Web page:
English 45A

Literature in English: Through Milton

Section Semester Instructor Time Location Course Areas
1 Fall 2019 Nolan, Maura
Lectures MW 12-1 in 159 Mulford + one hour of discussion section per week in various locations (sec. 101: F 11-12; sec. 102: F 11-12; sec. 103: F 12-1; sec. 104: F 12-1; sec. 105: Th 1-2; sec. 107: Th 2-3)

Book List

Dickson, D., ed.: The Poetry of John Donne; Howe, N., ed.: Beowulf: A Prose Translation; Mann, J., ed.: Chaucer: The Canterbury Tales; Marlowe, C.: Dr. Faustus; Milton, J.: Paradise Lost; Niles, J., ed.: Beowulf: An Illustrated Edition


What is the English literary tradition? Where did it come from? What are its distinctive habits, questions, styles, obsessions? This course will answer these and other questions by focusing on five key writers from the Middle Ages and the Renaissance: the anonymous Beowulf poet; Geoffrey Chaucer; Christopher Marlowe; John Donne; and John MIlton. We will start with the idea that the English literary tradition is a set of interrelated texts and problems that recur over the course of several centuries. Some of these relationships are formal; we will pay special attention to the genres, techniques, and styles that poets use to create their works. Some of these relationships are linguistic; students will learn to read Middle English (out loud, too!) and explore the significance of linguistic change as the Middle Ages becomes the Renaissance. Other relationships are historical; we will explore not only the pressure of contemporary events on literature, but also literature's role in creating both historical continuity and change over time. And some of these relationships are cultural, as poets reflect upon, seek to change, furiously criticize, or happily embrace a variety of human behaviors, from religious practices to love relationships to debates about gender to death and dying.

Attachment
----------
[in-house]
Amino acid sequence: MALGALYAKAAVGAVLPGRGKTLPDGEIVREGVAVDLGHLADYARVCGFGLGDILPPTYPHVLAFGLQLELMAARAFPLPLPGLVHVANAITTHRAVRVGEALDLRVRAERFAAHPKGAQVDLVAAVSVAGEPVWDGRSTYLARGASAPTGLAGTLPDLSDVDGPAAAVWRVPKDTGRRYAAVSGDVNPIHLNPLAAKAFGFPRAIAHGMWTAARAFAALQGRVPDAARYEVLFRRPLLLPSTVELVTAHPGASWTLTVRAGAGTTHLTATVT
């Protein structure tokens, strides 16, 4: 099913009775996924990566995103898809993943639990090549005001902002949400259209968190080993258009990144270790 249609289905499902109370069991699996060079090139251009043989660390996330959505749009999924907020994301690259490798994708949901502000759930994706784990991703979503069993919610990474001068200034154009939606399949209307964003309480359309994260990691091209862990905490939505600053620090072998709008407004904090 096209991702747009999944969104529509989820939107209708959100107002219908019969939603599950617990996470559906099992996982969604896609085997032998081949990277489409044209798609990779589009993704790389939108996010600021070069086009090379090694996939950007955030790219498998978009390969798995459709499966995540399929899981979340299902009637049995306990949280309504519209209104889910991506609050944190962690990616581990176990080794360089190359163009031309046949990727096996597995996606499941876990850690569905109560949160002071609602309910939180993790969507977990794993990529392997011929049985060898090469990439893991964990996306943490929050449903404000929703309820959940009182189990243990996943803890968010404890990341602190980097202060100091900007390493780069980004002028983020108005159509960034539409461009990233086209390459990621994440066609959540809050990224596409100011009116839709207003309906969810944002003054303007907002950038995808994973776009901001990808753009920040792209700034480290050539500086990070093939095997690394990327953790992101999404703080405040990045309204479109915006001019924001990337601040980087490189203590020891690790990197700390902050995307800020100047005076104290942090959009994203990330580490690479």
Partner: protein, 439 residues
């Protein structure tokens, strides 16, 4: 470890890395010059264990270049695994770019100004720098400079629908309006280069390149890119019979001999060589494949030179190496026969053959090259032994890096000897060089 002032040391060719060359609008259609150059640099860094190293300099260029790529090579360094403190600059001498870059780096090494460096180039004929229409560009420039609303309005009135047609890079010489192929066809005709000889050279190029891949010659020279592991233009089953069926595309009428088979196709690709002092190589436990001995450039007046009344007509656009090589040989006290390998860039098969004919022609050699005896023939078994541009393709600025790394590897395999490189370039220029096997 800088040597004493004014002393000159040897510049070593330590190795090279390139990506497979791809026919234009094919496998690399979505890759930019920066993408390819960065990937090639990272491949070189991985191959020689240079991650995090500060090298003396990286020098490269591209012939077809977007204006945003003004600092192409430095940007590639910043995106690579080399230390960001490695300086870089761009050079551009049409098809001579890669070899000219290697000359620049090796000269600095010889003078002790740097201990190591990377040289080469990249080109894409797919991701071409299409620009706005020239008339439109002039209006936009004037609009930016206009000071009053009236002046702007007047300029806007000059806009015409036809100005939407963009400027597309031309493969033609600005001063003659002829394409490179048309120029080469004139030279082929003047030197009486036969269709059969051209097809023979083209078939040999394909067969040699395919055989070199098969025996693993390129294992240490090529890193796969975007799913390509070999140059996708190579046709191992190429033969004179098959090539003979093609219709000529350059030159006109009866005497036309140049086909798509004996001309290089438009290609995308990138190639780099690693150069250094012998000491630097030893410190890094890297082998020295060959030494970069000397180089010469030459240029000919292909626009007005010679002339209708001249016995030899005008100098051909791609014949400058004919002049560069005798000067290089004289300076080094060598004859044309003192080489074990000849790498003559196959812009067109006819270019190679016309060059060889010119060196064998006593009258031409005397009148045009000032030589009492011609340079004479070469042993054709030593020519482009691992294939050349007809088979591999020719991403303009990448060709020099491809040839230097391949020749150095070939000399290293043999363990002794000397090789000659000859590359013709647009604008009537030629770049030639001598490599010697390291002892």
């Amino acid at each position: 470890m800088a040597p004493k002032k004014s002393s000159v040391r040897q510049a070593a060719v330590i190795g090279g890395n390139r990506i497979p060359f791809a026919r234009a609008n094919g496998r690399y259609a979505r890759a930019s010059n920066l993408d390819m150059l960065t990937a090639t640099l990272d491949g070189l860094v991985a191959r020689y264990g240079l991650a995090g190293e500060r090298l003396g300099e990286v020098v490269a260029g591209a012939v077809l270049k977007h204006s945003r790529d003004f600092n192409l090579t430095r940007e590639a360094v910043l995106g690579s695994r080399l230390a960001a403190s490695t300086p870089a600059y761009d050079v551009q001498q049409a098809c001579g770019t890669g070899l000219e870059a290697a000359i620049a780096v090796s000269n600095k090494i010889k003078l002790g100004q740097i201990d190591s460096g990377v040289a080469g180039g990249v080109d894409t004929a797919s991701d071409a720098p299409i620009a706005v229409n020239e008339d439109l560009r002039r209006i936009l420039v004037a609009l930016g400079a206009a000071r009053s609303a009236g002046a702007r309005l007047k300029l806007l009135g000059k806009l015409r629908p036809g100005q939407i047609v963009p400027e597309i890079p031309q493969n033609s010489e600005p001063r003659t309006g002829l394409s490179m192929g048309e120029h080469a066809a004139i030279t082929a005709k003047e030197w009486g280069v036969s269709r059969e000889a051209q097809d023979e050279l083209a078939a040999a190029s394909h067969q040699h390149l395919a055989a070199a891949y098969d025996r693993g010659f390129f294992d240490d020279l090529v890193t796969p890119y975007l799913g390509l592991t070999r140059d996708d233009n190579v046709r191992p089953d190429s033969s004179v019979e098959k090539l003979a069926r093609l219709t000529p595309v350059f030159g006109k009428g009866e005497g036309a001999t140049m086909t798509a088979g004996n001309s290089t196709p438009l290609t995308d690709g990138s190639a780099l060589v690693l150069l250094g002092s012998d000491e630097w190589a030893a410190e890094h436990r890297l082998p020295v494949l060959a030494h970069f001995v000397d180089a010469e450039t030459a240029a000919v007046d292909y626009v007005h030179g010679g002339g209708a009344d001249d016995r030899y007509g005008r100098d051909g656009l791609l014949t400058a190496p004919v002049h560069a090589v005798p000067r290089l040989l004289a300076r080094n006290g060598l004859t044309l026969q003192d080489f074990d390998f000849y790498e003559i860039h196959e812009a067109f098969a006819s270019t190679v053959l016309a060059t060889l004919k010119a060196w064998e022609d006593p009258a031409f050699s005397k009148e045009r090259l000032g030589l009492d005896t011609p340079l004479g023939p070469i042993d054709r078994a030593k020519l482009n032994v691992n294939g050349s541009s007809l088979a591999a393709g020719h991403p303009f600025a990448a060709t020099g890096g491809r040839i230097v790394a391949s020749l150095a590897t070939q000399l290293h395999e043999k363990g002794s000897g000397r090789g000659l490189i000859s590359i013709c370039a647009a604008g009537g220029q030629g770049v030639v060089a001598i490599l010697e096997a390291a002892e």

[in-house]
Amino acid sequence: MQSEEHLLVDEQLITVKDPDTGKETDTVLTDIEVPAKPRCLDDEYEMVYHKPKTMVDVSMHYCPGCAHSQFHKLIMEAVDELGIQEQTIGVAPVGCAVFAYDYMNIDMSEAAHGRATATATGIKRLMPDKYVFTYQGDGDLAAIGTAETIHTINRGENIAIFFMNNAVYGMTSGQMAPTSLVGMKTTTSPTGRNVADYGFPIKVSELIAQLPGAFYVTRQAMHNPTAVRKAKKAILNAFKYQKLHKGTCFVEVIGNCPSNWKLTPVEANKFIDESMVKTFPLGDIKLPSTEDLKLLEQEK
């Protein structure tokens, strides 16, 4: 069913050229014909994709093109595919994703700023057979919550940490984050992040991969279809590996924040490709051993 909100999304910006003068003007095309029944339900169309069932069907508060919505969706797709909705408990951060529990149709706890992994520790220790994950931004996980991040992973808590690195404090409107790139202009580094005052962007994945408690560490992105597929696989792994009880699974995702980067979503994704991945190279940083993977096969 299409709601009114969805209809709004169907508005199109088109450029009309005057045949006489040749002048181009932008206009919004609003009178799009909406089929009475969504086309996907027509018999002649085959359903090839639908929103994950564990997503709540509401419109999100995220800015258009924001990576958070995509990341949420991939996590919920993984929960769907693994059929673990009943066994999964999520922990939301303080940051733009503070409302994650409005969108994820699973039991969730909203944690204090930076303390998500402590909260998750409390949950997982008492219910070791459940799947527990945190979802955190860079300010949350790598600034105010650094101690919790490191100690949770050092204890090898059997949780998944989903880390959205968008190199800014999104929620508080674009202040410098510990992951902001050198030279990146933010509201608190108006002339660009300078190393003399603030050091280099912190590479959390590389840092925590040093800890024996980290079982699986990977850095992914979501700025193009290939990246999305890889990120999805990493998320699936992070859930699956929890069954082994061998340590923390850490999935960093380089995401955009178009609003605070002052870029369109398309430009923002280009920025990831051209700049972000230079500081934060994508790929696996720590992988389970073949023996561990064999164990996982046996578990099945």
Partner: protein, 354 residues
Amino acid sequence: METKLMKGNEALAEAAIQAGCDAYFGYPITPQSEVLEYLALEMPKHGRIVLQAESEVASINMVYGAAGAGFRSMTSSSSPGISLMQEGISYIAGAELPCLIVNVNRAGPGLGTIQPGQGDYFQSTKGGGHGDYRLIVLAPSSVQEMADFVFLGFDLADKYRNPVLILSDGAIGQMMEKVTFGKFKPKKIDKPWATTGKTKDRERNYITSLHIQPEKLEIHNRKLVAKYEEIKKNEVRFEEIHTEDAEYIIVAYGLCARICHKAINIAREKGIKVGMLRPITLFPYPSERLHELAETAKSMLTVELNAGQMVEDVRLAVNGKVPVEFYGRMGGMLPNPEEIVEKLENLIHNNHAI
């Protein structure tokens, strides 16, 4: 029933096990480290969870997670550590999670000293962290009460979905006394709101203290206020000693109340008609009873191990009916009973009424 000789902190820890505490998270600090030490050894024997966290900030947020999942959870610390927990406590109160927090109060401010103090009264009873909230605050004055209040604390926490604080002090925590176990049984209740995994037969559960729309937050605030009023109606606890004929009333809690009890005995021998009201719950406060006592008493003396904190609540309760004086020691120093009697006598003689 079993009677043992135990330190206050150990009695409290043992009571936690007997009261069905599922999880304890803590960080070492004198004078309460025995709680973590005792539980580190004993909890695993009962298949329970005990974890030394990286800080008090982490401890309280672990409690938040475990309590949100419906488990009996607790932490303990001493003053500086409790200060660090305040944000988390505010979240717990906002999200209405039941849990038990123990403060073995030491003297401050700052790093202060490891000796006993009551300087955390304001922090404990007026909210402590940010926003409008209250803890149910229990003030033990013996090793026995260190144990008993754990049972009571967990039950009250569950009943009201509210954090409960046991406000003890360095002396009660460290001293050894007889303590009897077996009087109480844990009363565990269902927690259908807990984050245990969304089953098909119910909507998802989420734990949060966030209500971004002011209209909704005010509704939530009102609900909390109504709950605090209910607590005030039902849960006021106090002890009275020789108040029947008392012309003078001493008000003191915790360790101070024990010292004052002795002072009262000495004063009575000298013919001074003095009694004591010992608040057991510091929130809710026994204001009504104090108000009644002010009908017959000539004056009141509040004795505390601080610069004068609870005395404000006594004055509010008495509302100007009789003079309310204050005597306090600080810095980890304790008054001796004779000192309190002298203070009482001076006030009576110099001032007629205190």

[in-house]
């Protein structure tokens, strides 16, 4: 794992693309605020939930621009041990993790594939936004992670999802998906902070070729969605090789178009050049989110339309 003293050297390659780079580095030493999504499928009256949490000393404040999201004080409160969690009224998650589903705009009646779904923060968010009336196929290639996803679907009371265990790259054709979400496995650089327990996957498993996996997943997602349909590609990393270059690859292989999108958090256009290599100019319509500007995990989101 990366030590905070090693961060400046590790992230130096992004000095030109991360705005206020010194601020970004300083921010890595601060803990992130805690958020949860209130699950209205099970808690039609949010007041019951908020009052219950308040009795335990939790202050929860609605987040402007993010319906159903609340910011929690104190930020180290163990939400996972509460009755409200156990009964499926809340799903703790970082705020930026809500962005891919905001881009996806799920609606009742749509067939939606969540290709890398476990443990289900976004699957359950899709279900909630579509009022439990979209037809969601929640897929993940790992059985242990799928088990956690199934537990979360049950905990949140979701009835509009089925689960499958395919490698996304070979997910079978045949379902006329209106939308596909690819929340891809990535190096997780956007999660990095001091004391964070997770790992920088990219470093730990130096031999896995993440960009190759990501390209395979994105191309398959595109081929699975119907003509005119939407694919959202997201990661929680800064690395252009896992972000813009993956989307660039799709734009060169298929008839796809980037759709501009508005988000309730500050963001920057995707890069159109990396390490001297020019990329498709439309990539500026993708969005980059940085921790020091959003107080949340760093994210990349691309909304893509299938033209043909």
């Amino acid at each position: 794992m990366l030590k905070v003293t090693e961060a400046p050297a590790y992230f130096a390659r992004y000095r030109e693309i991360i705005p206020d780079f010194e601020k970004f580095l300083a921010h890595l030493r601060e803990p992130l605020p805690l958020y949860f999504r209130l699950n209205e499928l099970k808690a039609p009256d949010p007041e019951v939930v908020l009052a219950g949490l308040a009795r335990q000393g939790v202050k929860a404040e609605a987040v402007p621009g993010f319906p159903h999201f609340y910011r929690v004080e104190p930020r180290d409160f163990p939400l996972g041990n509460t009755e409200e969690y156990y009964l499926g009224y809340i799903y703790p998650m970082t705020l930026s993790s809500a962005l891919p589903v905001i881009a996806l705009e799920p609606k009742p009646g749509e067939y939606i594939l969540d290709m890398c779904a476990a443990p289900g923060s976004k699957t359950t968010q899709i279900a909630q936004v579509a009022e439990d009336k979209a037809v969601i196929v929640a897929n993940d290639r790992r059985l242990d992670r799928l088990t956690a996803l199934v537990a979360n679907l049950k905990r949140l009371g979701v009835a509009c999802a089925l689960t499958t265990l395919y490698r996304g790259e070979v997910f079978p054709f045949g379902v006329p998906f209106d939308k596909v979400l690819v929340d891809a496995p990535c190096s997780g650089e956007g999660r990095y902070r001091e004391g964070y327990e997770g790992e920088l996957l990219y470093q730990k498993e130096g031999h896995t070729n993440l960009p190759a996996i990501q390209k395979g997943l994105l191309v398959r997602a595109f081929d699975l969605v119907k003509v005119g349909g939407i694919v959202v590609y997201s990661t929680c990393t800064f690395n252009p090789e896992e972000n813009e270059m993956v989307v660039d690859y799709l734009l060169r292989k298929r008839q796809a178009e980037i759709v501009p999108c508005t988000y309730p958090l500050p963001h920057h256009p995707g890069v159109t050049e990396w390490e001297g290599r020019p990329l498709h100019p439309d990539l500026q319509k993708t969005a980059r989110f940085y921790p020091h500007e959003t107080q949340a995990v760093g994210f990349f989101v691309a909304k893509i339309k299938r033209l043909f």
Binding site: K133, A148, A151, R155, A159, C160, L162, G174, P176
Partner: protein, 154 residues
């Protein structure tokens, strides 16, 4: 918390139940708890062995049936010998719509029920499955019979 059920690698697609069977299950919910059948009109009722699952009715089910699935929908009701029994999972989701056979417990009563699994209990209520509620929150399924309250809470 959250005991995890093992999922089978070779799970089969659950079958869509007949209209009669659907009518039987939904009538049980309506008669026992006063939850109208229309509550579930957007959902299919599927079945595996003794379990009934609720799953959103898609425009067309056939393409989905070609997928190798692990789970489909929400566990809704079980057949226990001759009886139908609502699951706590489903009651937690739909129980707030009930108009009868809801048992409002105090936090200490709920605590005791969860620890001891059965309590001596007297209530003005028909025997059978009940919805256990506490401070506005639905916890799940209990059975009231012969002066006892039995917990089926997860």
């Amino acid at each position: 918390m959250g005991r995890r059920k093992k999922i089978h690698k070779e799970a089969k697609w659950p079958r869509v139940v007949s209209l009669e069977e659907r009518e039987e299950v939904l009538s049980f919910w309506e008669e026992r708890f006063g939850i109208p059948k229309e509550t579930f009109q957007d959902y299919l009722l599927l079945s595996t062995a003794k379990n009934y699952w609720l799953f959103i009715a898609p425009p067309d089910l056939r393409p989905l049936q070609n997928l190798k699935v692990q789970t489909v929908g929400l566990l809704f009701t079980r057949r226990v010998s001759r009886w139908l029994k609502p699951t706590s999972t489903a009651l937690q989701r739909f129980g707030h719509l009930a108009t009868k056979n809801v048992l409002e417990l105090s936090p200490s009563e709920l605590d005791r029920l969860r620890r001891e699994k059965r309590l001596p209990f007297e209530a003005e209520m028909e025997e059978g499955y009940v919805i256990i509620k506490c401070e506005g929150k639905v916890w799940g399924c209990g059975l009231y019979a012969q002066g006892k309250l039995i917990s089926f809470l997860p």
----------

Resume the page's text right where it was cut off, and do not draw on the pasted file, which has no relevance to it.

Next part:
Throughout the semester, students will work on developing their skill at close reading. We will work on close reading during lectures and in your discussion sections. You will do close readings at home. You are welcome to come to office hours to practice close reading! No one can be a literary critic who cannot perform a close reading of a literary text. We will work on learning the tools of the trade, the literary terms and generic distinctions necessary for close reading. Expect to write three papers and to take a final exam.

Discussion Sections

101 Sulpizio, Catherine Marcia
F 11-12 305 Wheeler
102 Gable, Nickolas
F 11-12 54 Barrows
103 Sulpizio, Catherine Marcia
F 12-1 305 Wheeler
104 Gable, Nickolas
F 12-1 301 Wheeler
105 Boyle, Elizabeth Vinyard
Thurs. 1-2 54 Barrows
107 Boyle, Elizabeth Vinyard
Thurs. 2-3 301 Wheeler

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